Saturday, September 08, 2007

A Footy Achievement

Isn't it odd how most of us take our feet for granted?

Diabetics have to pay careful attention to their feet; keeping them clean, dry and watching for cuts and infection. Sock manufacturers have recognised a market and swooped down, making a "diabetic" sock in all shades. I am fortunate enough to own a few pairs of such socks, and let me tell you they are worth every cent we paid! Because I stand on my feet for hours at a time, I wanted a pair of socks that would not make my feet sweat, 'cause when that happens my feet itch and then all kinds of nasty things happen! I am not, thank the heavens, diabetic. But my mother is, so I think of these things quite a bit.

My mother is a most amazing sock maker. She has knitted socks for as long as I can remember. The past few years, I have always been a grateful recipient. One year she gave me one sock for my birthday (in December) and the mate on Christmas day! I have gotten brown socks, peach socks, socks that made no colour sense at all, and socks that I miss because I wore them out. I have always envied the way she can produce such a warm and form fitting sock out of a length of yarn; and I always wanted to learn how she achieved this magic. Mom sent me the pattern a couple of months ago, and this past week, I got brave.

I made a sock.

That's it, up there in the left corner. It's a modest little number (ok, not so little) in turquoise blue with a dark blue speckled cuff. It turned out very well, if I do say so myself. All except the toe. It seems I need a bit more practise with the Kitchener stitch. But no worries, with Mom's instructions in hand, and the fab photos at Silver's Place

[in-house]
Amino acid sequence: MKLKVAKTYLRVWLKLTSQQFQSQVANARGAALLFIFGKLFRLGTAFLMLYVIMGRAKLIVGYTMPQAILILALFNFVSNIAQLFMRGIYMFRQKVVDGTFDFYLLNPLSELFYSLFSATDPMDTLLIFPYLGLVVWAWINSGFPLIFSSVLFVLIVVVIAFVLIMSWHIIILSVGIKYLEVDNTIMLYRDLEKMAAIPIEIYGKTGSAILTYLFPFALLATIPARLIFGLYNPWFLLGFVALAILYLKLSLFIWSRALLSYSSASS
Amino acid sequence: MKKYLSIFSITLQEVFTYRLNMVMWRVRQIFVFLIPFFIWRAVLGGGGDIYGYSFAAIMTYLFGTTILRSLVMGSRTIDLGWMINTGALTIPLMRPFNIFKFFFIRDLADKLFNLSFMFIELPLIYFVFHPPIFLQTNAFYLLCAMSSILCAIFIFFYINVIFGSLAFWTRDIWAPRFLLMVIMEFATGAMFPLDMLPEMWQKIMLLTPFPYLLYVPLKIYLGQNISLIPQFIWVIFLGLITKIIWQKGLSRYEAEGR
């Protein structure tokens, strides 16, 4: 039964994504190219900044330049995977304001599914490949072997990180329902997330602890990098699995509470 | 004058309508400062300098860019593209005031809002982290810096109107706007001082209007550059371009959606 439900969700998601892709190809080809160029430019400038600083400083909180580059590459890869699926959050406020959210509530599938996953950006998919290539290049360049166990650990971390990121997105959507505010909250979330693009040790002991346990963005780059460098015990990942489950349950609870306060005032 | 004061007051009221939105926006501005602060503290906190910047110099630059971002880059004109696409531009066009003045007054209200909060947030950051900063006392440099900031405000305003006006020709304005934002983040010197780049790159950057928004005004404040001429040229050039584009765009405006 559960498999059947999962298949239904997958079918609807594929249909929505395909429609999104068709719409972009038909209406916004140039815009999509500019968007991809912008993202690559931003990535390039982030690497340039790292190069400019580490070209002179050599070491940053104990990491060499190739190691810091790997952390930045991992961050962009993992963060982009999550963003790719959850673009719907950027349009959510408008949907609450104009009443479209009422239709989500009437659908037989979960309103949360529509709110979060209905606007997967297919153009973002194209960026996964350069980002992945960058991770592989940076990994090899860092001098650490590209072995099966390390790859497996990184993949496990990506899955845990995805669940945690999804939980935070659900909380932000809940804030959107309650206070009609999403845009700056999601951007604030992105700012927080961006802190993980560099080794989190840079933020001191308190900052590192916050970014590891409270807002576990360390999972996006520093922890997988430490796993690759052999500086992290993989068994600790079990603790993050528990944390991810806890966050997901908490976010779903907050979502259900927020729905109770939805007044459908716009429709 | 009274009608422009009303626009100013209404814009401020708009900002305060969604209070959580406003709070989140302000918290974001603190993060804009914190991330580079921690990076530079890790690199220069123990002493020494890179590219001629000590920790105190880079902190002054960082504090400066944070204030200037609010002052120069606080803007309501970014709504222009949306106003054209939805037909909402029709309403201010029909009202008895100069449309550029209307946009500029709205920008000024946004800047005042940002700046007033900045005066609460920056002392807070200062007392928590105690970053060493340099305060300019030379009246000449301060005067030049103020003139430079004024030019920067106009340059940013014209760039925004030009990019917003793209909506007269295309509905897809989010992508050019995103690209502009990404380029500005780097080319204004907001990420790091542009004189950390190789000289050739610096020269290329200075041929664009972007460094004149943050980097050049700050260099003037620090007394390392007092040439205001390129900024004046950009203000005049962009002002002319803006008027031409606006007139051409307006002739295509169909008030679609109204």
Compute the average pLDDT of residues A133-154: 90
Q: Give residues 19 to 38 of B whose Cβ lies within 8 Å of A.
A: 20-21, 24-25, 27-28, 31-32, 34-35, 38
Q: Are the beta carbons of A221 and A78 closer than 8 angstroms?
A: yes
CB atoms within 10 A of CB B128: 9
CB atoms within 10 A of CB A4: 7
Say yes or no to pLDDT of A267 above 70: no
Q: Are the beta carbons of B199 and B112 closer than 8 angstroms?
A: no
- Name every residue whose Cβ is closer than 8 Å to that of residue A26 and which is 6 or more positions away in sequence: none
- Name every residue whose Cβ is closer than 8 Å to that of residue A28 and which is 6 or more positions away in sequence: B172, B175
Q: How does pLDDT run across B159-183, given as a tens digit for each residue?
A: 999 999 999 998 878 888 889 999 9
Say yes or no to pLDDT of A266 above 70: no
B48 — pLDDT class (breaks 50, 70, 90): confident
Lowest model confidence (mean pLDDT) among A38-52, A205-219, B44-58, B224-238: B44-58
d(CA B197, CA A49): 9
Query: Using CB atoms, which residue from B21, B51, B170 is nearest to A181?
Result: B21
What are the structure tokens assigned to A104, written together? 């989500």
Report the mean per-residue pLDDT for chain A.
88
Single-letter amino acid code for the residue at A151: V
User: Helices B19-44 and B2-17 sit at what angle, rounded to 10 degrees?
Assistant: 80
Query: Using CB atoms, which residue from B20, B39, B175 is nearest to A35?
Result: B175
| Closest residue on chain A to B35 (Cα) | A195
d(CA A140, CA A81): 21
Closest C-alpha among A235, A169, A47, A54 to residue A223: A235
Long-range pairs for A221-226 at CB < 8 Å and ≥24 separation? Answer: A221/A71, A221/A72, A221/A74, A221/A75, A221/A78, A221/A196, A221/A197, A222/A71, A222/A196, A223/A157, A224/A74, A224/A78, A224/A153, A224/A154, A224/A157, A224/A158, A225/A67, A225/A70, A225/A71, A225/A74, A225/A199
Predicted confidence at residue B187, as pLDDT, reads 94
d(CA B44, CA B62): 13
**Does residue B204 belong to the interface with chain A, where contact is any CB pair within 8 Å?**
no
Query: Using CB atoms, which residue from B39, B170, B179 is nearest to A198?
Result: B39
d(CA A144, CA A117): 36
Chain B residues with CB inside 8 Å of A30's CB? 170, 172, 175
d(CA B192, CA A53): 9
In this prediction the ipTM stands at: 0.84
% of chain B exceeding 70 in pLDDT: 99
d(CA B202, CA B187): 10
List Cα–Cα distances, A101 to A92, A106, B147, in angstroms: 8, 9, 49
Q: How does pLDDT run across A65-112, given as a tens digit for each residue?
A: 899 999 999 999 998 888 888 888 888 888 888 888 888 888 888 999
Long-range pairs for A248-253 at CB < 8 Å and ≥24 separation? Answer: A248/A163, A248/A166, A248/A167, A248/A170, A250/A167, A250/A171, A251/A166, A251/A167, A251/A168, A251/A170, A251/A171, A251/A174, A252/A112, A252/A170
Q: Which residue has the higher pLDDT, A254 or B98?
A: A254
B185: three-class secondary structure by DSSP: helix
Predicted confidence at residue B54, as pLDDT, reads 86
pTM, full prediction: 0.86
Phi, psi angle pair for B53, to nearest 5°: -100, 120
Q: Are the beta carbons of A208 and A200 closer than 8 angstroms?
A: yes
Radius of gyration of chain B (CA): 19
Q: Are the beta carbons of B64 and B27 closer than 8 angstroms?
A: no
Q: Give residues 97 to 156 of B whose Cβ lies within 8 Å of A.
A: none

(see the bottom part of the page for Kitchener stitch instructions)

I'm quite sure I'll get it with the next sock.

Not bad for someone that learned how to knit a sock via the internet and long distance phone.

Back to the needles!

Monday, September 03, 2007

R.I.P Tweety

This is, or was, Tweety.
We got Tweety for Betty back about six years ago. Betty has always had birds and when we got the opportunity to get a bird, I thought it would make her feel a little more at home.
Tweety never liked me.
She would fuss, holler and carry on so much when I was on the phone (it didn't matter to her who I was talking with) that frequently I had to go to another room. When I tried to be nice to her, she would threaten to bite me. Nearly succeeded a few times, too. We would put her cage outside on nice days, and then keep an eye out for the neighbours cat. In the spring we moved her cage to stand near the patio door, in the living room, so that she could see all of us and interact with everyone that came through the place. Our patio door became our main entrance, and everyone would say hello to Tweety. Jimmy taught her to sing, and somehow she learned how to make noises like our phone when we called out. It got so frequent that for the longest time I thought Jimmy was calling all his friends, and it turned out to be Tweety beeping like the phone!
She was a character, our Tweety.

Last night, at 1 in the morning, Tweety passed away from, what we believe, was a heart attack.